[Performance] same request, takes 4 min on CockroachDB, 70 ms on SQL Server


Hello everybody,

This is my first post. I’m Tech Lead at lemonway.com. We are considering CockroachDB to replace the SQL Server as our main Database.

The first impression is not too promising, but maybe I did something wrong…


CockroachDB 19.2.6 is installed in a cluster 3 nodes (Ubuntu)

  • 2vCPU each
  • 8GB RAM each
  • Docker swarm container


SQL Server 2019 (Windows Server 2019)

  • 4vCPU
  • 16GB RAM

The database contains only 2 tables: wallet (1 Mi wallets) and transaction (15 Mi transactions):

Here our request

select * from transaction t
join wallet s on t.sender_id=s.id
join wallet r on t.receiver_id=r.id
limit 10;

We only want 10 first results (any result)

  • CockroachDB takes 3-5min
  • SQL Server takes 35ms

We will make the test more fair by adding RAM + CPU to the 3 nodes (so that each will have the same power as the SQL Server host machine). But evens though the gaps here is still very big…

Did we do something wrong? Or CockroachDB speed is really so far behind the SQL Server for this particular query?

What do you get run you run an EXPLAIN with that query?

Something you could try as well since you don’t care which 10 transactions you get is this:

select * from
(select * from transaction limit 10) t
join wallet s on t.sender_id=s.id
join wallet r on t.receiver_id=r.id

Hi @duongphuhiep,

Sorry to hear that you’re running into these issues. As @mrloud suggested, EXPLAIN will give us more insight into what’s happening here. I’d be especially interested in seeing the output of EXPLAIN (opt, verbose) on this query, since that will give us information about the statistics used by the optimizer.

I’d also be interested in whether running this query on CockroachDB 20.1 (just released today!) improves the performance at all. One of the new features added in 20.1 is support for limit hints, so it’s possible that the optimizer could use a limit hint with your query to improve performance slightly. Unfortunately we don’t yet push limits or limit hints through joins in most cases, so if my suspicions are correct you probably won’t see a large improvement. We have a couple of issues open to improve this functionality further: #48674 and #21171.

In the mean time, manually rewriting the query as suggested by @mrloud may be a good option to explore.

1 Like

hello, I used cockroach 19.2.6 and here is the explain which i’m not sure how to read

> explain select * from transaction t
            -> join wallet s on t.sender_id=s.id
            -> join wallet r on t.receiver_id=r.id
            -> limit 10;
        tree         |       field        |     description
                    | distributed        | true
                    | vectorized         | false
limit               |                    |
│                  | count              | 10
└── hash-join      |                    |
        │             | type               | inner
        │             | equality           | (receiver_id) = (id)
        │             | right cols are key |
        ├── hash-join |                    |
        │    │        | type               | inner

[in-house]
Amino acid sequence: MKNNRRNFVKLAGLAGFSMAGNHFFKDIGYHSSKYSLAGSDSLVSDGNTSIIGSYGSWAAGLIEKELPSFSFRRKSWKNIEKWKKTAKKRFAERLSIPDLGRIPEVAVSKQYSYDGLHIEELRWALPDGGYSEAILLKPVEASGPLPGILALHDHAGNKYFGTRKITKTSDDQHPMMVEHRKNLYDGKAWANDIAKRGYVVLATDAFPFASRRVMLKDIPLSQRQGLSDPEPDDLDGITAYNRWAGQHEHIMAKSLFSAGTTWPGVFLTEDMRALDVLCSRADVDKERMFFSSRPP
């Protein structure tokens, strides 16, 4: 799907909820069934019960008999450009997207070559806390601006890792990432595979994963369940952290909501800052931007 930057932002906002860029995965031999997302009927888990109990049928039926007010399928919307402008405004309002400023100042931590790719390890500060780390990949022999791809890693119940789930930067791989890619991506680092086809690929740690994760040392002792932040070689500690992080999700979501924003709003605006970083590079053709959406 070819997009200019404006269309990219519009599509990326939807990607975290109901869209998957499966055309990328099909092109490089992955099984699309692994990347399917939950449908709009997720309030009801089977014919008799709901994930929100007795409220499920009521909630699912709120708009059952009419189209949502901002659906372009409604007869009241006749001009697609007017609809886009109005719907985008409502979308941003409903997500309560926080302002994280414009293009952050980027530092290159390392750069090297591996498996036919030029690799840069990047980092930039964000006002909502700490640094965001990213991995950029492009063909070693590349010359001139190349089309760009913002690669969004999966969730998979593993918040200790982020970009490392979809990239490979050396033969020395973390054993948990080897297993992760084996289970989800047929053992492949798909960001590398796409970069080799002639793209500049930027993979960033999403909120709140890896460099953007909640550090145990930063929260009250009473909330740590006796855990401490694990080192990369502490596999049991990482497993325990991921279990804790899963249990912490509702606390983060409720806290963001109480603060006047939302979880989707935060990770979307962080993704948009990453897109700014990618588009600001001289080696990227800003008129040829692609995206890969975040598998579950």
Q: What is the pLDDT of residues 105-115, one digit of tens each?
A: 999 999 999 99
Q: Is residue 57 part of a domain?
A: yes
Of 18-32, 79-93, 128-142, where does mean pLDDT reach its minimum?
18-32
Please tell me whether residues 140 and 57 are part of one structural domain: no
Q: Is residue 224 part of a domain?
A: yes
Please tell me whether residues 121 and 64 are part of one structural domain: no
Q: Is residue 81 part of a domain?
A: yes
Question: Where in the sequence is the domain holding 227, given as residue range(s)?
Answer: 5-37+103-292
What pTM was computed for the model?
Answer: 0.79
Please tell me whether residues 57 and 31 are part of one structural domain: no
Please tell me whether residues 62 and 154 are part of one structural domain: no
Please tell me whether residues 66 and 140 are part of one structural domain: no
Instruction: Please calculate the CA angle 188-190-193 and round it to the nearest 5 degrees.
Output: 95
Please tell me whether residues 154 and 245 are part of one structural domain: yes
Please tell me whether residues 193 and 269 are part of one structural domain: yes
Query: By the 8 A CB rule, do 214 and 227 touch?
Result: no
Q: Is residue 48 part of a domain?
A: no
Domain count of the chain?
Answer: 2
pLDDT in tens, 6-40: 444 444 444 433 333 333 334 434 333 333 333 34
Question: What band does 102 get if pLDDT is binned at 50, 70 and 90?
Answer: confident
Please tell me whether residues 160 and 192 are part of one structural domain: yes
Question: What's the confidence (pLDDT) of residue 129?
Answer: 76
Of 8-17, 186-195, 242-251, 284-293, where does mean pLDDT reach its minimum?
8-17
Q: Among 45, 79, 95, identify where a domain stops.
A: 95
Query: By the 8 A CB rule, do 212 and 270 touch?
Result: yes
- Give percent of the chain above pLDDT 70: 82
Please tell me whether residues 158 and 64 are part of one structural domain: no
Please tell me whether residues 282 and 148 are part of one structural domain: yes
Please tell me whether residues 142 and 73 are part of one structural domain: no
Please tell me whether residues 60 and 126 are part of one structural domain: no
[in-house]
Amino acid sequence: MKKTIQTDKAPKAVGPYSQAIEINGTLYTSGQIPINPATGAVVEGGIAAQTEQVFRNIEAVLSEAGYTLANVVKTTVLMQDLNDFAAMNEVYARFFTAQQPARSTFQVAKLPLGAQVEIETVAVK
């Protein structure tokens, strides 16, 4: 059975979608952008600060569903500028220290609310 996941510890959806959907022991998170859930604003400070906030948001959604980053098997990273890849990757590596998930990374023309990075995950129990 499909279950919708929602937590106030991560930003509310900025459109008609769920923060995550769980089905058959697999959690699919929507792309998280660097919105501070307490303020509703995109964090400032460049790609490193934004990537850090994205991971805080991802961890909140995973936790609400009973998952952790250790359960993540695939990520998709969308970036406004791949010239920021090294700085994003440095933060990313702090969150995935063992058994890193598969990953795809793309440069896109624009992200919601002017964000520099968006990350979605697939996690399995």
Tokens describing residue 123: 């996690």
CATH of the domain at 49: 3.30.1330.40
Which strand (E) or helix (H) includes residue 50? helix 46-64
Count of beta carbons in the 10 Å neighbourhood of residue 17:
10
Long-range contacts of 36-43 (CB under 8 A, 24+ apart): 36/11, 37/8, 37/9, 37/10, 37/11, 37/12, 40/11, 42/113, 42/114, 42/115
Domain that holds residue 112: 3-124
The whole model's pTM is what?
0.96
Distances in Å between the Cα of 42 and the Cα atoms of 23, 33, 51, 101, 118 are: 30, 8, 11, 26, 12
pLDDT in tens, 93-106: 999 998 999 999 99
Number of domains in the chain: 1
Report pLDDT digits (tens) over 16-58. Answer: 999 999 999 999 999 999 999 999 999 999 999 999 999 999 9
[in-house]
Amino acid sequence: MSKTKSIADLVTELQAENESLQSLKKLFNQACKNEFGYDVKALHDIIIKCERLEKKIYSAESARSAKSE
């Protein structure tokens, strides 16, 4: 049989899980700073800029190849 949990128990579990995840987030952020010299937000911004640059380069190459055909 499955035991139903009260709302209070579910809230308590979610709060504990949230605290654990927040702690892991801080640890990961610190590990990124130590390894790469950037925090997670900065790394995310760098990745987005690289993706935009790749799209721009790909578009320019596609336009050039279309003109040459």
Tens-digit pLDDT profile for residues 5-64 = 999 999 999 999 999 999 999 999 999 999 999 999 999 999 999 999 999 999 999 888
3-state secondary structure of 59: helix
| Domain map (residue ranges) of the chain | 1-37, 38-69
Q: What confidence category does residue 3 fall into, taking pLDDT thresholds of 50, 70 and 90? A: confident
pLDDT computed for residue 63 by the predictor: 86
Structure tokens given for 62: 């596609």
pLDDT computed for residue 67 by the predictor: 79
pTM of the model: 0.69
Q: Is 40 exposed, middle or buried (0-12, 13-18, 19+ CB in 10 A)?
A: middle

│    │        | equality           | (sender_id) = (id)
        │    │        | right cols are key |
        │    ├── scan |                    |
        │    │        | table              | transaction@primary
        │    │        | spans              | ALL
        │    └── scan |                    |
        │             | table              | wallet@primary
        │             | spans              | ALL
        └── scan      |                    |
                    | table              | wallet@primary
                    | spans              | ALL


ofcourse I can optimize the request as you said, but in this POC, I just want to know how well CockroachDB handle a basic jointure.

and I also intended to try out other more complex jointure / condition to compare with SQL server, before deciding to change the camp. I did expect that the distributed cockroachDB should be slower than the monolithic SQL Server, but not this much…

I have not tried my similar test query on 20.1 in which the optimizer may short circuit this query, I used 19.2.6 like you are. What the explain is telling you is that it’s taking the whole tables of transaction and wallet, joining them, and then limiting the results to 10.

My suggested change will quickly select from the transaction table limiting to 10 results and THEN do the joins against those 10 records and it’s much faster. My execution plan for what I have(in my example incomingshipment would be your transaction, tbldealer your wallet) that’s a similar type dataset as yours is thus:

tree            |field                |description             |
                |distributed          |true                    |
                |vectorized           |false                   |
lookup-join     |                     |                        |
 │              |table                |tbldealer@primary       |
 │              |type                 |inner                   |
 │              |equality             |(destinationcode) = (id)|
 │              |equality cols are key|                        |
 │              |parallel             |                        |
 └── lookup-join|                     |                        |
      │         |table                |tbldealer@primary       |
      │         |type                 |inner                   |
      │         |equality             |(shiptocode) = (id)     |